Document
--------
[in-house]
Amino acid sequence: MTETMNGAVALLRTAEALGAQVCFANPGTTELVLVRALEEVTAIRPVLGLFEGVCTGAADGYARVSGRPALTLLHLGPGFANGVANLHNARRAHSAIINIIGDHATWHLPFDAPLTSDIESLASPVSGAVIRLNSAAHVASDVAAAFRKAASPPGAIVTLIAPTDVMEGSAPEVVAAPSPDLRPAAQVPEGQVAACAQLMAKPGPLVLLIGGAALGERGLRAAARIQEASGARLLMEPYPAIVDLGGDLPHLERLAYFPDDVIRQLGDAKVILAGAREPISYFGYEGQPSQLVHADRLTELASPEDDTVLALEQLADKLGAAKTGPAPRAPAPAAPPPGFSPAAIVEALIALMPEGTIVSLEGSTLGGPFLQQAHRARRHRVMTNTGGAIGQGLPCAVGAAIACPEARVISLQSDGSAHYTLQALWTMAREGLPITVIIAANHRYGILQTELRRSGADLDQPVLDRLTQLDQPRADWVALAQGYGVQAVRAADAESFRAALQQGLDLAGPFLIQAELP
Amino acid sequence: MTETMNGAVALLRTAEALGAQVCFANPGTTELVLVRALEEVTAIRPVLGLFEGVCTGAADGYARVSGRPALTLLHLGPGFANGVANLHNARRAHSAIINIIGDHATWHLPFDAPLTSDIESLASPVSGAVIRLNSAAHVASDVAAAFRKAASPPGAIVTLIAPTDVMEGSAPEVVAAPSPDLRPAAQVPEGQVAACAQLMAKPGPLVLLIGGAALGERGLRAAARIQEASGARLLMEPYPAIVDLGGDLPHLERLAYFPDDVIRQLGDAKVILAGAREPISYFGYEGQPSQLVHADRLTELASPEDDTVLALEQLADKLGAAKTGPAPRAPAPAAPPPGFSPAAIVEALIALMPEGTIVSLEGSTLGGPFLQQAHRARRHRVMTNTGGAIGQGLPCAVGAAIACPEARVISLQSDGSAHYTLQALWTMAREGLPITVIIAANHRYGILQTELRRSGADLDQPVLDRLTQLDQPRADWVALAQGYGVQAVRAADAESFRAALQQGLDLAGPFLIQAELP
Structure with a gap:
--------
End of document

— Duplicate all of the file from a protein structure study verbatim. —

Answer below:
[in-house]
Amino acid sequence: MTETMNGAVALLRTAEALGAQVCFANPGTTELVLVRALEEVTAIRPVLGLFEGVCTGAADGYARVSGRPALTLLHLGPGFANGVANLHNARRAHSAIINIIGDHATWHLPFDAPLTSDIESLASPVSGAVIRLNSAAHVASDVAAAFRKAASPPGAIVTLIAPTDVMEGSAPEVVAAPSPDLRPAAQVPEGQVAACAQLMAKPGPLVLLIGGAALGERGLRAAARIQEASGARLLMEPYPAIVDLGGDLPHLERLAYFPDDVIRQLGDAKVILAGAREPISYFGYEGQPSQLVHADRLTELASPEDDTVLALEQLADKLGAAKTGPAPRAPAPAAPPPGFSPAAIVEALIALMPEGTIVSLEGSTLGGPFLQQAHRARRHRVMTNTGGAIGQGLPCAVGAAIACPEARVISLQSDGSAHYTLQALWTMAREGLPITVIIAANHRYGILQTELRRSGADLDQPVLDRLTQLDQPRADWVALAQGYGVQAVRAADAESFRAALQQGLDLAGPFLIQAELP
Amino acid sequence: MTETMNGAVALLRTAEALGAQVCFANPGTTELVLVRALEEVTAIRPVLGLFEGVCTGAADGYARVSGRPALTLLHLGPGFANGVANLHNARRAHSAIINIIGDHATWHLPFDAPLTSDIESLASPVSGAVIRLNSAAHVASDVAAAFRKAASPPGAIVTLIAPTDVMEGSAPEVVAAPSPDLRPAAQVPEGQVAACAQLMAKPGPLVLLIGGAALGERGLRAAARIQEASGARLLMEPYPAIVDLGGDLPHLERLAYFPDDVIRQLGDAKVILAGAREPISYFGYEGQPSQLVHADRLTELASPEDDTVLALEQLADKLGAAKTGPAPRAPAPAAPPPGFSPAAIVEALIALMPEGTIVSLEGSTLGGPFLQQAHRARRHRVMTNTGGAIGQGLPCAVGAAIACPEARVISLQSDGSAHYTLQALWTMAREGLPITVIIAANHRYGILQTELRRSGADLDQPVLDRLTQLDQPRADWVALAQGYGVQAVRAADAESFRAALQQGLDLAGPFLIQAELP
Structure with a gap: